If a broker has approached a lender for a mortgage loan but their client is turned down (for whatever reason), it’s unlikely that the appraisal the broker has arranged will be valid with another lender.
Under appraisal rules, the client of an appraisal is the end user (the lender) and if a broker wants to shop the report to another lender they will have to ask the original lender to relinquish the appraisal.
If the lender does that, the appraiser is then likely to provide a reliance letter, which means the broker can use the same appraisal form with another lender.
It may seem an overly complex process (and it does create confusion for many brokers) but for appraisers it’s a system that plays an integral role in protecting their client as wekk as their own professional liability, which is at risk during the loan process.
“We have seen examples where an appraiser was served with a law suit because the person who was loaned the money had a history of fraud and no intention of paying the loan at the front end,” says Keith Lancastle, CEO of the Appraisal Institute of Canada (AIC). “If the appraiser in question had a chance to do it over again, I don’t think he would have taken on work from a lender who was prepared to work with a borrower that risky.”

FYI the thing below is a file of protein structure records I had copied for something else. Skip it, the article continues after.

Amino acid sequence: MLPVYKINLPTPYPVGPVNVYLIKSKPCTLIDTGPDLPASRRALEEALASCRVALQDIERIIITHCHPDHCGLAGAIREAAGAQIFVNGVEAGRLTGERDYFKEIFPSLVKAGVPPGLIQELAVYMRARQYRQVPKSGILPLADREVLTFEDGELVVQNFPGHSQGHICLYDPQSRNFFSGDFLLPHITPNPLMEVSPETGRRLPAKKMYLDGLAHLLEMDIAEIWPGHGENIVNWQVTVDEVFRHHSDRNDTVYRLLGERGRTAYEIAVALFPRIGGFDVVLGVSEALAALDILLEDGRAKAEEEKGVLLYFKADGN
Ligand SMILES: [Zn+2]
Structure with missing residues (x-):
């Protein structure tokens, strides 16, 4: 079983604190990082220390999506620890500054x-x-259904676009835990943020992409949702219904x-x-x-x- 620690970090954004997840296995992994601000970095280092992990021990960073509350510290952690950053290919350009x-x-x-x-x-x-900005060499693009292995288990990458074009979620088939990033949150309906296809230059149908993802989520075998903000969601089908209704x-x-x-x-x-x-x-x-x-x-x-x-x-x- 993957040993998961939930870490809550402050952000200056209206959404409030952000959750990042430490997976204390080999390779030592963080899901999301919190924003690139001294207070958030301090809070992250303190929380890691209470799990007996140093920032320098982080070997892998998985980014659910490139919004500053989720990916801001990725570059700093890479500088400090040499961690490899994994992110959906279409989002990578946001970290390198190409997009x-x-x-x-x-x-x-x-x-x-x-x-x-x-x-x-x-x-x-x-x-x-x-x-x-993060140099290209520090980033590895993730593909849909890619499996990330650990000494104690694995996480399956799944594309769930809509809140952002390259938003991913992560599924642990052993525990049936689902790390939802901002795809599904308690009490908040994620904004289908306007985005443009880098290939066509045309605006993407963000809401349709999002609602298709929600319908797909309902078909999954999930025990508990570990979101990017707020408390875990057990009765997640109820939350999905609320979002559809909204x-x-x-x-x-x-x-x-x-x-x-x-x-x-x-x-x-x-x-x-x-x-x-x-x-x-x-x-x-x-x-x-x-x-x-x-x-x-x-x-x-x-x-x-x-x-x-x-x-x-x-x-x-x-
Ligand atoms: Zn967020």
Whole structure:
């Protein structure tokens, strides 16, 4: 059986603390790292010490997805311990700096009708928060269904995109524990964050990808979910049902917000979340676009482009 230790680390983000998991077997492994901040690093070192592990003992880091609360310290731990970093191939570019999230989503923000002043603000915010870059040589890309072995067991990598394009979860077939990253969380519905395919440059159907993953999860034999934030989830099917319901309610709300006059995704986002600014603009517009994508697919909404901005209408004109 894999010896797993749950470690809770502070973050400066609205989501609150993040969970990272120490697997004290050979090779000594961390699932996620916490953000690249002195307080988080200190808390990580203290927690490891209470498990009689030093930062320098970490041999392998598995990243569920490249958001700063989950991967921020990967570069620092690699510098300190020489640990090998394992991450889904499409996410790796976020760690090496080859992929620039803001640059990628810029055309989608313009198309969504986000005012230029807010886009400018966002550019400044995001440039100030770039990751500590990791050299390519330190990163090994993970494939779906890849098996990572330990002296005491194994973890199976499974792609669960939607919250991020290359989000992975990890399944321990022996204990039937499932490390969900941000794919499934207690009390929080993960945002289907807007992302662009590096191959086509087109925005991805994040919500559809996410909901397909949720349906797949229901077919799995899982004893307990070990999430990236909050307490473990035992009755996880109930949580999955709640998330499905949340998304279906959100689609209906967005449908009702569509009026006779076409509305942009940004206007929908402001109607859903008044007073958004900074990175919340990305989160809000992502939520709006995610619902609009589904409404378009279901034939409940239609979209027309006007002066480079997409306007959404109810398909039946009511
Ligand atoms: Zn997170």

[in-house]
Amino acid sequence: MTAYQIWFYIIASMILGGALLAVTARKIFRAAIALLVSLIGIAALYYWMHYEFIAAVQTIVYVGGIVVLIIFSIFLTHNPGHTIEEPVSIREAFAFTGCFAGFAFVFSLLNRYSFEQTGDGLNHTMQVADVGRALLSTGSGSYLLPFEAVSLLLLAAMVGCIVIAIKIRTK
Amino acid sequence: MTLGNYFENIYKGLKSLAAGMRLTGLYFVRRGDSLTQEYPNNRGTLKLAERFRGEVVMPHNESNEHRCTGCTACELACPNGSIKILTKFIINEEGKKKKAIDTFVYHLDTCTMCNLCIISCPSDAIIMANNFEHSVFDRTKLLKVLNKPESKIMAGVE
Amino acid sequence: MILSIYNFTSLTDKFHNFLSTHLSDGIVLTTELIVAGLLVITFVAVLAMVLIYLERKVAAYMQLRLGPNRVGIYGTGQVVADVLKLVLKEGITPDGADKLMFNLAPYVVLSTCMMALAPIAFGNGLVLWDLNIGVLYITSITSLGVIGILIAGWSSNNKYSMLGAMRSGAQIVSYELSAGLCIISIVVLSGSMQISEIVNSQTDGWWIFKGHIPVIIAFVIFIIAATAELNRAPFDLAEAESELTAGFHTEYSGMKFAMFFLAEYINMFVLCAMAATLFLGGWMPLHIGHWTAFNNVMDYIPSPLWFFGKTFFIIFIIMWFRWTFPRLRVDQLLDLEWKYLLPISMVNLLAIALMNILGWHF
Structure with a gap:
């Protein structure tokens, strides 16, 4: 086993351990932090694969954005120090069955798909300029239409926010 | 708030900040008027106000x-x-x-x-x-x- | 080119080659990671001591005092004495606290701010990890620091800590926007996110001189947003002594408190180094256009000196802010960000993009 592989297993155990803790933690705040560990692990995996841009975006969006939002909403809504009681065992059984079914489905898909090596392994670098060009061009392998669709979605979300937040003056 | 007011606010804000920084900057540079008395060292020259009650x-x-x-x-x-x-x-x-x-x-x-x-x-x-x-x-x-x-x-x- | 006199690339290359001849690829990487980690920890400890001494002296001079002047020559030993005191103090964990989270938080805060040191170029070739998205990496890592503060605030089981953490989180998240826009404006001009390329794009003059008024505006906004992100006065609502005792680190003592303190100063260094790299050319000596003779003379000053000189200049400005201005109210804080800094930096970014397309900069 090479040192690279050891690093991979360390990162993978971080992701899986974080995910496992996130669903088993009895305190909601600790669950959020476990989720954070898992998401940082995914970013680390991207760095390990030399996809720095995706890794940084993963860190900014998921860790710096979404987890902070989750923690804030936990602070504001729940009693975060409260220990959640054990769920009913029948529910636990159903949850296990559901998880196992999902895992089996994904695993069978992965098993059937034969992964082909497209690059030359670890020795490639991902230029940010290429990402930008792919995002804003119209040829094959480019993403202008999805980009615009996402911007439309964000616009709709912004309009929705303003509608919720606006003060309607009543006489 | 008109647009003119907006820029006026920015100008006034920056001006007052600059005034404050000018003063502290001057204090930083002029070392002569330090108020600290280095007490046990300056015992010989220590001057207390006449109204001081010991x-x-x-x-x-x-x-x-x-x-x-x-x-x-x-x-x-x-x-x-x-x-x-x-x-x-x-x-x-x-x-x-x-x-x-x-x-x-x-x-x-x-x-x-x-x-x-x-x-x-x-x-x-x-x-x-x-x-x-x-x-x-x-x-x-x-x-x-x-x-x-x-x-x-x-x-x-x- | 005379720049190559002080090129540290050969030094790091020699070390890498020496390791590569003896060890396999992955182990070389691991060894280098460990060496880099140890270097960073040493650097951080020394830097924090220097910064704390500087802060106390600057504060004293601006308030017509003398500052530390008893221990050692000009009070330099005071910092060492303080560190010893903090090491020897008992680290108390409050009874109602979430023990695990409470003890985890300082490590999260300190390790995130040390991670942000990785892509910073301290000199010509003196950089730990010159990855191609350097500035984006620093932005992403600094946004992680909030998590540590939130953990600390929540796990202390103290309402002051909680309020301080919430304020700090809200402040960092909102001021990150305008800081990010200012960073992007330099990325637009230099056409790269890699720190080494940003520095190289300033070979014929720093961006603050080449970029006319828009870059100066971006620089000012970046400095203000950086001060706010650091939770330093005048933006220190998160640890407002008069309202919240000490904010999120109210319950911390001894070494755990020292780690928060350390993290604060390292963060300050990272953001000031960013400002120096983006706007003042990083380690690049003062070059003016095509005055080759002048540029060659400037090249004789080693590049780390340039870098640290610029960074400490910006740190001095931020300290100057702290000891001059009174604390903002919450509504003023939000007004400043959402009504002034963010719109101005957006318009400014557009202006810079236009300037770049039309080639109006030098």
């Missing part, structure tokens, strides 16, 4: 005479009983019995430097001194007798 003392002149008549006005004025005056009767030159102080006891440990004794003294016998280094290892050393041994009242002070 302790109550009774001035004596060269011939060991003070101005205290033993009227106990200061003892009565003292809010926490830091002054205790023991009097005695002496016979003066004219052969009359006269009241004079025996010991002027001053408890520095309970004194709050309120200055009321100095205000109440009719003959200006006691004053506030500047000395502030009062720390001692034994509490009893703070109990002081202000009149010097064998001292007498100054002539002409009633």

A solid real estate market is driven by good valuation of collateral, which is made possible by the appraisal process and sensible underwriting. Appraisers play a key role in reducing risk in the market, and brokers should be aware of the factors that can either get in an appraisers way or enable them to create the most effective report in an efficient manner.
The passage of time between an appraisal being conducted and sale being finalized is an increasingly important factor in the current market. “If an appraiser conducted a report prior to the announcement of the changes in housing policy in Ontario, it’s unlikely they will issue a letter of reliance for the same amount now,” Lancastle says.
“Lenders are doing a little more due diligence with respect their loan to value exposure. Appraisers are now being asked to go back out within a three month period to do an update or reappraisal. It’s an interesting transition and something we have not historically seen.”